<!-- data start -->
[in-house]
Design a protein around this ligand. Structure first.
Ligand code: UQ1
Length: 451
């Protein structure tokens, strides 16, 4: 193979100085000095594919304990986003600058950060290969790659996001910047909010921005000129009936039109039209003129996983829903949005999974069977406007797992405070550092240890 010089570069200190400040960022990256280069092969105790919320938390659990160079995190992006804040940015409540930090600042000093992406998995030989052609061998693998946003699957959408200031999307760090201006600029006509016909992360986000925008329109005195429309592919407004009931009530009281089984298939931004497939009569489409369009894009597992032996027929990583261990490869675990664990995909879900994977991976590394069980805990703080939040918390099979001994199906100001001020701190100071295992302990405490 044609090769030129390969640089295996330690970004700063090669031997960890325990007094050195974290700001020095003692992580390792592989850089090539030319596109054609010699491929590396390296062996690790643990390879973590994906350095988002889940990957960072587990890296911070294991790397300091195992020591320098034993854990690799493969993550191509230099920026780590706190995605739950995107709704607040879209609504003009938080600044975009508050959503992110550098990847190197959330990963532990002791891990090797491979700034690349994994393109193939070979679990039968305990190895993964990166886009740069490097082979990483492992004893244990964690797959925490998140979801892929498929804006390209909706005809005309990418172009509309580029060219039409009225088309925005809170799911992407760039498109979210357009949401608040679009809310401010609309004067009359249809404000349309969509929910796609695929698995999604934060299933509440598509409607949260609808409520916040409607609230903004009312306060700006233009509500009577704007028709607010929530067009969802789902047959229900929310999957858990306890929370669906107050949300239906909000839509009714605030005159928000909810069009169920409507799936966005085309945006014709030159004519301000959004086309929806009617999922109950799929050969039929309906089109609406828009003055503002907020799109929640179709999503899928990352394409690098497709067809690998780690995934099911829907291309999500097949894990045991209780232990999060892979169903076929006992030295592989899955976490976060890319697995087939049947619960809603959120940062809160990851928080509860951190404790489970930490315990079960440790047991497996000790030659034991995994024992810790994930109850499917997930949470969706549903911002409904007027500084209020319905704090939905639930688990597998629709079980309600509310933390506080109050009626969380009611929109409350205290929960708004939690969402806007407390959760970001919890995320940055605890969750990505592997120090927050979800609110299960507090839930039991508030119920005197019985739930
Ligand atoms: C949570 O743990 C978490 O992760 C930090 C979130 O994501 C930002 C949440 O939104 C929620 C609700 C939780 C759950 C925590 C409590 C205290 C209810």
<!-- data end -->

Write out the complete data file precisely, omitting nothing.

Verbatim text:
[in-house]
Design a protein around this ligand. Structure first.
Ligand code: UQ1
Length: 451
């Protein structure tokens, strides 16, 4: 193979100085000095594919304990986003600058950060290969790659996001910047909010921005000129009936039109039209003129996983829903949005999974069977406007797992405070550092240890 010089570069200190400040960022990256280069092969105790919320938390659990160079995190992006804040940015409540930090600042000093992406998995030989052609061998693998946003699957959408200031999307760090201006600029006509016909992360986000925008329109005195429309592919407004009931009530009281089984298939931004497939009569489409369009894009597992032996027929990583261990490869675990664990995909879900994977991976590394069980805990703080939040918390099979001994199906100001001020701190100071295992302990405490 044609090769030129390969640089295996330690970004700063090669031997960890325990007094050195974290700001020095003692992580390792592989850089090539030319596109054609010699491929590396390296062996690790643990390879973590994906350095988002889940990957960072587990890296911070294991790397300091195992020591320098034993854990690799493969993550191509230099920026780590706190995605739950995107709704607040879209609504003009938080600044975009508050959503992110550098990847190197959330990963532990002791891990090797491979700034690349994994393109193939070979679990039968305990190895993964990166886009740069490097082979990483492992004893244990964690797959925490998140979801892929498929804006390209909706005809005309990418172009509309580029060219039409009225088309925005809170799911992407760039498109979210357009949401608040679009809310401010609309004067009359249809404000349309969509929910796609695929698995999604934060299933509440598509409607949260609808409520916040409607609230903004009312306060700006233009509500009577704007028709607010929530067009969802789902047959229900929310999957858990306890929370669906107050949300239906909000839509009714605030005159928000909810069009169920409507799936966005085309945006014709030159004519301000959004086309929806009617999922109950799929050969039929309906089109609406828009003055503002907020799109929640179709999503899928990352394409690098497709067809690998780690995934099911829907291309999500097949894990045991209780232990999060892979169903076929006992030295592989899955976490976060890319697995087939049947619960809603959120940062809160990851928080509860951190404790489970930490315990079960440790047991497996000790030659034991995994024992810790994930109850499917997930949470969706549903911002409904007027500084209020319905704090939905639930688990597998629709079980309600509310933390506080109050009626969380009611929109409350205290929960708004939690969402806007407390959760970001919890995320940055605890969750990505592997120090927050979800609110299960507090839930039991508030119920005197019985739930
Ligand atoms: C949570 O743990 C978490 O992760 C930090 C979130 O994501 C930002 C949440 O939104 C929620 C609700 C939780 C759950 C925590 C409590 C205290 C209810």